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Burn-pit claimants will appeal judge’s dismissal

Patricia Kime – (Air Force Times) – June 4, 2013 – Attorneys representing former troops and family members who say they were sickened by exposure to open-air burn pits in Iraq and Afghanistan are appealing a judge’s dismissal of their cases.

Alexandria, Va., lawyer Susan Burke and attorneys from the South Carolina firm Motley & Rice filed an appeal Wednesday arguing that Maryland U.S. District Court Judge Roger Titus’s decision in February to toss out 57 consolidated lawsuits filed against KBR, Inc., was “non-justifiable.”

Titus ruled Feb. 28 that as a government contractor working in a war zone, KBR was entitled to the same legal protection and immunity as U.S. armed forces operating in combat. He also argued that the court did not have jurisdiction to rule on decisions made by another branch of government.

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NATO soldiers, civilian contractor killed E. Afghanistan

(Global Times) – June 2, 2013 – Two soldiers and a civilian contractor of the NATO-led coalition forces were killed Saturday in two separate incidents in eastern Afghanistan.

“One International Security Assistance Force (ISAF) service member and one ISAF Civilian was killed during a direct fire attack in eastern Afghanistan today,” said the NATO-led ISAF in a press statement.

Another coalition service member was killed in an Improvised Explosive Device (IED) attack.

However, it did not reveal the nationalities of the victims under the ISAF policy.

The Taliban insurgent group, which has been waging an insurgency of more than one decade, launched in late April an annual rebel offensive against Afghan and about 100,000 NATO-led forces stationed in the country.

The latest casualties bring the number of foreign soldiers killed in Afghanistan to 70 this year. (Click HERE for original article)

We Served Too: Remembering Civilian Sacrifices Made on Behalf of Country and Honoring Those Who Serve Alongside the Military in Conflict Zones

Anne Speckhard – (Huffington Post) – May 28, 2013 – This Memorial Day all Americans send a heartfelt salute to all those warriors who fought and died so gallantly in recent and far off wars in behalf of our freedoms and safety.  On behalf of those who died, we can never thank them or their families enough for the ultimate sacrifice they made for our country. Alongside that salute we now also need to begin to honor the oft forgotten civilians who also serve in war and high threat security environments alongside the military, supporting their efforts and working in concert with them — especially all those civilians who served in the two recent U.S. wars in Iraq and Afghanistan — as many civilian workers have also lost their lives while serving our country.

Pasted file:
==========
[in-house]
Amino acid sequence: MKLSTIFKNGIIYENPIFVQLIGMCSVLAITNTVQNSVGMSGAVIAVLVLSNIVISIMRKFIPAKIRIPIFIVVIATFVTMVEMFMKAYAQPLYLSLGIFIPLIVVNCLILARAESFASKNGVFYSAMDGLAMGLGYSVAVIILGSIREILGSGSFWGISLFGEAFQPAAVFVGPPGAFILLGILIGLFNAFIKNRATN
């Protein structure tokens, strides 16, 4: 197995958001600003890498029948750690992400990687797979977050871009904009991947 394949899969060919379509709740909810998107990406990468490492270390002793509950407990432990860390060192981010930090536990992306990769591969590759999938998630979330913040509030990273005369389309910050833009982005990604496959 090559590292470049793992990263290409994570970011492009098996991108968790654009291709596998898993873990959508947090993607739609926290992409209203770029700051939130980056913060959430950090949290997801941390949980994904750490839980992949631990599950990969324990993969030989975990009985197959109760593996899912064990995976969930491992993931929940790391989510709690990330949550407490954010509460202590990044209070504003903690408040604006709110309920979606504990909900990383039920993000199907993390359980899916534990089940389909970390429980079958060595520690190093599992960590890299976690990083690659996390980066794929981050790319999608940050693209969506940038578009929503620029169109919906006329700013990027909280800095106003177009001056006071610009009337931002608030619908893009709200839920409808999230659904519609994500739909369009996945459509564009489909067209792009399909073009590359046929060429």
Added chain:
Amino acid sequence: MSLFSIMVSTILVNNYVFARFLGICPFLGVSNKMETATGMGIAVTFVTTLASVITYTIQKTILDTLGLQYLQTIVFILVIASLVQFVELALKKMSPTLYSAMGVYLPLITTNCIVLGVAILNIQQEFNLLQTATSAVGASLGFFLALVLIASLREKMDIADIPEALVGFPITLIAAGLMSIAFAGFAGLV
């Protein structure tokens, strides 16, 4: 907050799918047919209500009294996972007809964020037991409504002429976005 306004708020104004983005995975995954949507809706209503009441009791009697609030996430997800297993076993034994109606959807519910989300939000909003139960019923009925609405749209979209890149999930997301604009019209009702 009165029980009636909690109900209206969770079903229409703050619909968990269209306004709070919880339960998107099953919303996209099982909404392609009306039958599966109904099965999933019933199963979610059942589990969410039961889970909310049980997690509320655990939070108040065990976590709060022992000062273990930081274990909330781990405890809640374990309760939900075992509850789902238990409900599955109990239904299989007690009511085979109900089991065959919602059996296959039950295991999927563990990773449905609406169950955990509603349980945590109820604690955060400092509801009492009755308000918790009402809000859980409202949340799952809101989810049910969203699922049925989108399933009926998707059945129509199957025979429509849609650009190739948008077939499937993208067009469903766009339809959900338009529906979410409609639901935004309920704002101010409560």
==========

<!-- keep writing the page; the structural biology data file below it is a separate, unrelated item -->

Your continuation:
While we don’t often remember the sacrifices of civilian workers in conflict zones, or have a holiday to commemorate their service, we do need to honor that they too serve their country.

A little known fact is that in September 2007 there were more contractors in Iraq than combat troops.  According to a 2013 report of the Special Inspector General for Iraq Reconstruction (SIGIR) reports that, “In September 2007, the United States had more than 170,000 combat personnel in Iraq as part of the counterinsurgency operation, with more than 171,000 contractors supporting the mission.”  These contractors are credited in the report for supporting “the counterinsurgency mission in unstable, yet strategically significant, areas such as Baghdad, Anbar, and Babylon provinces.”

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Bagram Contractor Owes $2.9M in Mercenary Suit

(Courthouse News) – KNOXVILLE, Tenn. –  January 22, 2013 – A defense contractor accused of sending mercenaries to loot equipment for Bagram Air Field in Afghanistan owes $2.9 million, a jury ruled.      MAKS General Trading & Contracting Co., a Kuwait company, won the verdict after a three-week trial against Tenessee-based EODT Technology.

The federal complaint alleged that EODT hired MAKS as a subcontractor in 2009 to provide security and build temporary homes for U.S. troops in a construction compound in Kabul.

MAKS said it was halfway through its job when EODT “deployed a team of paramilitaries equipped with assault weapons” to steal 90 homes in a “military-styled invasion.”

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U.S. paid to maintain inoperable Afghan police vehicles, audit finds

(Video from Automotive Management Services Website)

Wasteful spending on Afghanistan’s security has continued to plague the U.S. government, with the latest revelation of nearly $7 million spent to maintain police vehicles that either were destroyed or inoperable. ~Noel Brinkerhoff, AllGov

Ernesto Londoño – (The Washington Post) – January 17, 2013 – The U.S. government paid $6.8 million for maintenance of more than 7,000 Afghan police vehicles that had been destroyed or were out of commission, according to an inspector general report released Thursday.

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